CodeChef | Competitive Programming | Participate & Learn. Why am I getting TLE ? I have used small to large merging.

Can you please check why my code is getting TLE on this ?

During the contest, I came up with a fairly straightforward solution. Firstly, I constructed an Euler tour for the tree and then store it in an array, hence each subtree could be perceived as a subarray. Now for each subarray, we must count the number of distinct colors of its elements, which is a well-known data structures problem (For instance: this task right here)

Here is my implementation: CodeChef | Competitive Programming | Participate & Learn

UPD: I was finally able to get AC after removing segment tree after I realized it was an overkill. But I am still not able to figure out why is it giving TLE. Isn’t the time complexity O(nlg2n) ? And if it is, why doesn’t it pass ?

Although they have the same complexity, most of the time fenwick trees run much faster than segment trees IRL

Your code does have \mathcal{O}(N\log^2 N) complexity.

The intended complexity for this problem is \mathcal{O}(N\log N), so \mathcal{O}(N\log^2 N) would only pass if you have good constant factor (for example, using fenwick instead of segtree as mentioned above, or not using a data structure like that at all).

@iceknight1093
Any suggestions on my above-mentioned submission, and ways to remove TLE, please?

My suggestion is for you to look through why small-to-large merging works in the first place bhavaygoyal’s comment above illustrates the issue with your code perfectly: if you merge small-to-large, but then iterate across the entire set afterwards, it obviously defeats the point, no? The idea behind small-to-large is to not iterate across as many things as possible.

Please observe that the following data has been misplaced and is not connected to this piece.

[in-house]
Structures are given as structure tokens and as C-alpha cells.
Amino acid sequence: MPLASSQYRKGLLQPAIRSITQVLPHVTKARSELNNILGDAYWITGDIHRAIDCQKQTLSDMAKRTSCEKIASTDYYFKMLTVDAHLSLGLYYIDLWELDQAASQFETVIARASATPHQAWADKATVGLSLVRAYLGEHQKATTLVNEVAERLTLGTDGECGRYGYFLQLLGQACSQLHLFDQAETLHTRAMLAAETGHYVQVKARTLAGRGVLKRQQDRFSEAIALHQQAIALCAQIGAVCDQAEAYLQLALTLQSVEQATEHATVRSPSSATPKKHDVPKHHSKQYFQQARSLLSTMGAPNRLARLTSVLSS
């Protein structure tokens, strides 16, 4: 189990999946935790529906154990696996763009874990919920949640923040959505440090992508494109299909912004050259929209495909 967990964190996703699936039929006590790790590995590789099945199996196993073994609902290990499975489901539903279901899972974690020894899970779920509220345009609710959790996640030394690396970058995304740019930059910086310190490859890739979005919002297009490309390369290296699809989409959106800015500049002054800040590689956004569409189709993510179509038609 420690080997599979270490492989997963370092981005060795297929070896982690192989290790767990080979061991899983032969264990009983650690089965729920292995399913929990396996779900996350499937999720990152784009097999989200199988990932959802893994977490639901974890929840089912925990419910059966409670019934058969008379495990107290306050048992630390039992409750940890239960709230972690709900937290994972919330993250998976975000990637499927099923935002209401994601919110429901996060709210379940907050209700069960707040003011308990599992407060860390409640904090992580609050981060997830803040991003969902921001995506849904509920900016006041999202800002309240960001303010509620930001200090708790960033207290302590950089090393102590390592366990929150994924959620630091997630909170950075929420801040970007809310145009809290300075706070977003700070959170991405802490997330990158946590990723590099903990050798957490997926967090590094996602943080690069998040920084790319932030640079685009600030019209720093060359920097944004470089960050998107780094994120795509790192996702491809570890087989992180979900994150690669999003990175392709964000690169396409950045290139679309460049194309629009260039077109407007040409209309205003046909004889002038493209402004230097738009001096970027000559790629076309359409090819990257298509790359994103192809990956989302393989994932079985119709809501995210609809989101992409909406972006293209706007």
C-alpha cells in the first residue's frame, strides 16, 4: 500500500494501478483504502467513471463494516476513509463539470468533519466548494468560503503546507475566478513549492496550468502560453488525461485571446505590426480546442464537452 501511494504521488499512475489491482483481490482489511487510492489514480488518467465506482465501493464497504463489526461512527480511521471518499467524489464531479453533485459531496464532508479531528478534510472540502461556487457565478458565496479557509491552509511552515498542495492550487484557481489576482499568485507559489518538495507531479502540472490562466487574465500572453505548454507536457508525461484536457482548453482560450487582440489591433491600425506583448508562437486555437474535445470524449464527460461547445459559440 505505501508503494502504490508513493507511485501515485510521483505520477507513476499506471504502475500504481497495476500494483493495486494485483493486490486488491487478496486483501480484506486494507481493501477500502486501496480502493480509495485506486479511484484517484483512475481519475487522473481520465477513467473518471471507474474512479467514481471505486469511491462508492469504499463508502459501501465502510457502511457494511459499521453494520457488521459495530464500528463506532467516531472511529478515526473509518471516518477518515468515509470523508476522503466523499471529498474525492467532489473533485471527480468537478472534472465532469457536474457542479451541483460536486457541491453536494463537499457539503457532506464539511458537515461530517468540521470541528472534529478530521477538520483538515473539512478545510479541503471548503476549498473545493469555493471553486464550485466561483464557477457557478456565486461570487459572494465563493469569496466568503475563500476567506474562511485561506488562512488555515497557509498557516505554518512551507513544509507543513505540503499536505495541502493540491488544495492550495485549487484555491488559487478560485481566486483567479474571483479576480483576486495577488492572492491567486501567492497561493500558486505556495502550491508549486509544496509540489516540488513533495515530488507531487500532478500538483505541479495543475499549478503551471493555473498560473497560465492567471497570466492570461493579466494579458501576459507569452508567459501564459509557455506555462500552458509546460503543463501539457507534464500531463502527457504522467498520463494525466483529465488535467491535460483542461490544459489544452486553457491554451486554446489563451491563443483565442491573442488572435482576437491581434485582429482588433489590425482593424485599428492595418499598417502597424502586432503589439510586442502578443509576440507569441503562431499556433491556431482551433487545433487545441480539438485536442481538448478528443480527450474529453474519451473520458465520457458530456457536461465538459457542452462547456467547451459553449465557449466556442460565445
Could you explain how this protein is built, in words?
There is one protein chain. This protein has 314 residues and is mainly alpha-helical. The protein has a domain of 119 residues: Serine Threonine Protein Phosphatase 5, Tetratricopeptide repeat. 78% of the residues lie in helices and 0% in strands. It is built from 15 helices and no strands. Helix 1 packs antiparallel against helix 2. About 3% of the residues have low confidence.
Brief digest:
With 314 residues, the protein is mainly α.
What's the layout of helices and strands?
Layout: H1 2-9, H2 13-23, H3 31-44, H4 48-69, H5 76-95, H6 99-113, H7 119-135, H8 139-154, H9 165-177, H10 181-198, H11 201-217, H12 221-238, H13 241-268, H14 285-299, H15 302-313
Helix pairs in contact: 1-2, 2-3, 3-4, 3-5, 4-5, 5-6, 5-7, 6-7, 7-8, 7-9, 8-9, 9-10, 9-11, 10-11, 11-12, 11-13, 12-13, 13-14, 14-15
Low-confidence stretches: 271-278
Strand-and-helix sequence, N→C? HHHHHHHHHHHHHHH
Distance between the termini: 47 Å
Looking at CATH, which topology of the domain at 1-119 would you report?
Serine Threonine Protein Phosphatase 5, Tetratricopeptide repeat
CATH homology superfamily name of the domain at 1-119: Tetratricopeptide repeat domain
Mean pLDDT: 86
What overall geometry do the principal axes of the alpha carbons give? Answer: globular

Basically, your code is \mathcal{O}(N^2) and no small constant-factor optimization is going to fix that, you need a couple more ideas.

Alternately, you could read the editorial which details a solution that doesn’t use small to large at all.

1 Like

Thanks a lot, I will definitely work on it!

Understood the concept of auxiliary Tree, but what is the significance of DFS at the end and why is it working?

Is it something related to pushing down the edge weight to vertex, and edge answer is equivalent to value accumulated at the vertex having higher DFS time?

The final DFS performs the analogue of prefix sums on the tree.

As noted in the solution, once you build the auxiliary trees you want to add some value to each edge in the auxiliary tree, which I break into adding that value to several paths between a node and its ancestor.

Then, we’d like to use the trick I mentioned to process subarray additions offline as mentioned here:

To generalize this to a tree you use subarray sums, and of course you need a DFS to compute that.

The idea is, if you want to add c to the path from u to v where u is an ancestor of v, you increase the value at v by c and decrease the value at u by c.
When you take subarray sums, you’ll notice that these two changes together contribute exactly c to every edge on the u\to v path, and 0 to every other edge, which is exactly what you want.